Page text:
By Mike Kays
Phoenix Sports Editor
Oklahoma may look a little more like Texas as early as Wednesday, when a proposal goes before the Oklahoma Secondary School Activities Association that would create two championship games within Class 6A football.
This is in response to growing criticism of the imbalance of enrollments among 6A schools. You could fit three Ponca Citys (1,477 average daily membership numbers in 2012) into Broken Arrow (4,586.21). Ponca City hasn’t come close to Broken Arrow’s success in the playoffs, but then, Broken Arrow, like all but two Class 6A teams, doesn’t know what it’s like to hoist a gold ball because since 1997, it hasn’t.
But Union (4,237) and Jenks (3,077) have, and they are 2-3 in the enrollment numbers. Muskogee sits 21st at 1,540.
A source with knowledge of the proposal, the second since the issue was forced off the table a few months ago by, in part, Jenks and Union, says it would theoretically take the four 6A districts, which are scheduled for a biannual realignment in July, and place the two largest schools among the top four finishers in each district into 6A Division I.
The other two from the top four in each district would go to Division II, just as Texas does in each of its classifications. This would free Division II from the biggest three and probably four, since Owasso, just like now, isn’t likely to have two of the biggest three in its district.
The proposal won’t stop Jenks and Union from continuing their dominance, but it will mean another 6A team will be able to call itself a state champion.
There’s no doubting the gap in 6A. In no other class does anyone double, let alone triple, its competition in numbers. And there’s certainly justification for that.
What you won’t see, however, is the courage of the coaches and the OSSAA to get radical and prevent this from being what it will be – a ninth state championship. Want to be like Texas? Fine, but it’s an apples-to-oranges thing. Texas’ classifications, A to 5A, have 32 districts, most of which play six playoff games to win state. In 4A to 6A in Oklahoma, there’s 32 teams per group.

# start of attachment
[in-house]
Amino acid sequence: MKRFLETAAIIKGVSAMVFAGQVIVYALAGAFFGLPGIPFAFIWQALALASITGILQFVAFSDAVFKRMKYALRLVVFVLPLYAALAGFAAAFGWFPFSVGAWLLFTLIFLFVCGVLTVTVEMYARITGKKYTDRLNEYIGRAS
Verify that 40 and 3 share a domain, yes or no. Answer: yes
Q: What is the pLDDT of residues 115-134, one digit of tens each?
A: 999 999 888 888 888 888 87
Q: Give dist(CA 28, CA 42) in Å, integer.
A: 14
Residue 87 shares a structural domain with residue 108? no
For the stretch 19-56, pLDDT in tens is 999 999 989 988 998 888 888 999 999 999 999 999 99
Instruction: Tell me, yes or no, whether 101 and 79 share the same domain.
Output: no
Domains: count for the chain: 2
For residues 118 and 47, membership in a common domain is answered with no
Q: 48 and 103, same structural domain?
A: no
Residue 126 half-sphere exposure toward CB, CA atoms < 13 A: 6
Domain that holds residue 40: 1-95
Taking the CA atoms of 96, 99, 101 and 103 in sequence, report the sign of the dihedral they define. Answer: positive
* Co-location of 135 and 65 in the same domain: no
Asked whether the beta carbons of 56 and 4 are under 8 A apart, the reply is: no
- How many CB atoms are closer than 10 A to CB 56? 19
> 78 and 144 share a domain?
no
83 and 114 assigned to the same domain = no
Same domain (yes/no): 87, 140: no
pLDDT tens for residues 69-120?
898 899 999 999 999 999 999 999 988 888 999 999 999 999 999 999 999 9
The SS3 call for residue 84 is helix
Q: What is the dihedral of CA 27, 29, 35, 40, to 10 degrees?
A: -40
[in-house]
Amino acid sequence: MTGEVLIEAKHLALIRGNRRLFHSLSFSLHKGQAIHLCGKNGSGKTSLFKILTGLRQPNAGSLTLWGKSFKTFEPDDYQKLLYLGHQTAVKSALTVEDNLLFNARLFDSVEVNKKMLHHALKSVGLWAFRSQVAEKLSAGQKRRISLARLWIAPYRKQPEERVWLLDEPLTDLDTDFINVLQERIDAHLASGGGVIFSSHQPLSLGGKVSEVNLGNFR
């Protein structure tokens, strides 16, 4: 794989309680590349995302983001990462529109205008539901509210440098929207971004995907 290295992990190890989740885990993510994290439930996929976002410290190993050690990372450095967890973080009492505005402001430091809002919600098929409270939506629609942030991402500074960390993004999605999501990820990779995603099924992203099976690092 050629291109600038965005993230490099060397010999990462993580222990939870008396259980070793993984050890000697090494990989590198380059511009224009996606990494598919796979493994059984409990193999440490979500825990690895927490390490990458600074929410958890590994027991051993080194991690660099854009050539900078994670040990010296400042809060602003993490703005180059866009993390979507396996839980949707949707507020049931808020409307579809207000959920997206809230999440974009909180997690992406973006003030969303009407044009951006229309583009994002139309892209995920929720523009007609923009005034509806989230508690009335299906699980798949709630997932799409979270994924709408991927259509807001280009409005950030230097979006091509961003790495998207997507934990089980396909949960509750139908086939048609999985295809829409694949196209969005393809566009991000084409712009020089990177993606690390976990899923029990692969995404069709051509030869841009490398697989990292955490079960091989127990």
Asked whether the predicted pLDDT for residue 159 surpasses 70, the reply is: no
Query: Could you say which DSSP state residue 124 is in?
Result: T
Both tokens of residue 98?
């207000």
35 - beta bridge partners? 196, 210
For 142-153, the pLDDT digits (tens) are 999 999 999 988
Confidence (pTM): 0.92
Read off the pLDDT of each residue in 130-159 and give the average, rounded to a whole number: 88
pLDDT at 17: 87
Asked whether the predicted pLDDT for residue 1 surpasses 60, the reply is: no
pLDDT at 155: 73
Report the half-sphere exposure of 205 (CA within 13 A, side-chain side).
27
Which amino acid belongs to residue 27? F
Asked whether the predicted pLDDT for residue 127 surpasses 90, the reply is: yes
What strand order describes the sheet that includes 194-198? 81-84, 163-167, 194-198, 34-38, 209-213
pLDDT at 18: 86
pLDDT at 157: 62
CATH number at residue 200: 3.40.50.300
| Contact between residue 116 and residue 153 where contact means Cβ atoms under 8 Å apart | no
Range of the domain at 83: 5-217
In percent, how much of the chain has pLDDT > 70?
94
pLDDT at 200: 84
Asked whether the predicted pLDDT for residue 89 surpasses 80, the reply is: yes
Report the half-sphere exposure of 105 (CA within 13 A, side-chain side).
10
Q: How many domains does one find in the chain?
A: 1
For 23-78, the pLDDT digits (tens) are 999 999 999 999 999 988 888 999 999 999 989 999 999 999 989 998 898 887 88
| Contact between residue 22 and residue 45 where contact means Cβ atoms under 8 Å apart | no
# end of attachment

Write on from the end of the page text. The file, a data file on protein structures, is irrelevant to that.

And now, there will be two 16-team brackets, three wins needed to win state. Nine state champions in all, compared to 12 for Texas.
Like Texas? How about like the YMCA?
Give me the value of a state championship in Texas versus here any time, especially if you require its biggest and best to play twice as many playoff games to get there. I’ll take the value of a A, 2A or 3A championship in Oklahoma to a pair of 6A trophies – it takes those teams five weeks to get a gold ball.
Those smaller class coaches are becoming aware of the 6A proposal, which leaked even though the big-school coaches have been tight-lipped about it. And it seems they’re not happy that a job that was given the Oklahoma Football Coaches Association as a whole is now being separated for the big boys to take care of.
They came up with their own proposal a week ago but were apparently told by the OSSAA to keep their thoughts to 4A and below (which tells me think if 5A gets to do what 6A will, just add some more water to the mix of how to make a state champion).
Class 5A’s range from 678 to 1,254 may seem unfair for Chickasha, but it’s still not even double the difference of Del City’s 1,254. And amid all this, look for 4A to absorb some of 3A as 4A-A are spread out a little more, which is a good thing in that it would add a fifth week to their playoff hunt.
The bad side, it will add more non-district games which can be canceled at the drop of a lightning bolt. Six-game schedules in a stormy September, fellas?
What the OSSAA and the coaches need to do is set the top 16 teams in a super conference and separate the lower half of 6A, all of 5A and 4A into two classifications of eight districts.
The scheduling problem for what would end up being 6A (top 16) wouldn’t be as difficult a problem as some might claim since some of those are already taking in out-of-state trips, and it’s not like the new 5A is not going to be open for games that ultimately are nothing but tune-ups.
Class 4A would range from 497 students to 849 and 5A from 888 to 1,722.
Would this help a school like Muskogee? Either way would.
It’s just that one should award the 6A champs with ribbons instead of trophies. The other keeps a little more demand in the scheduling.
But I’m not holding my breath on the sensible solution emerging.
And it wouldn’t surprise me to wake up one day to 32 state champions.
Everybody hits, everybody scores.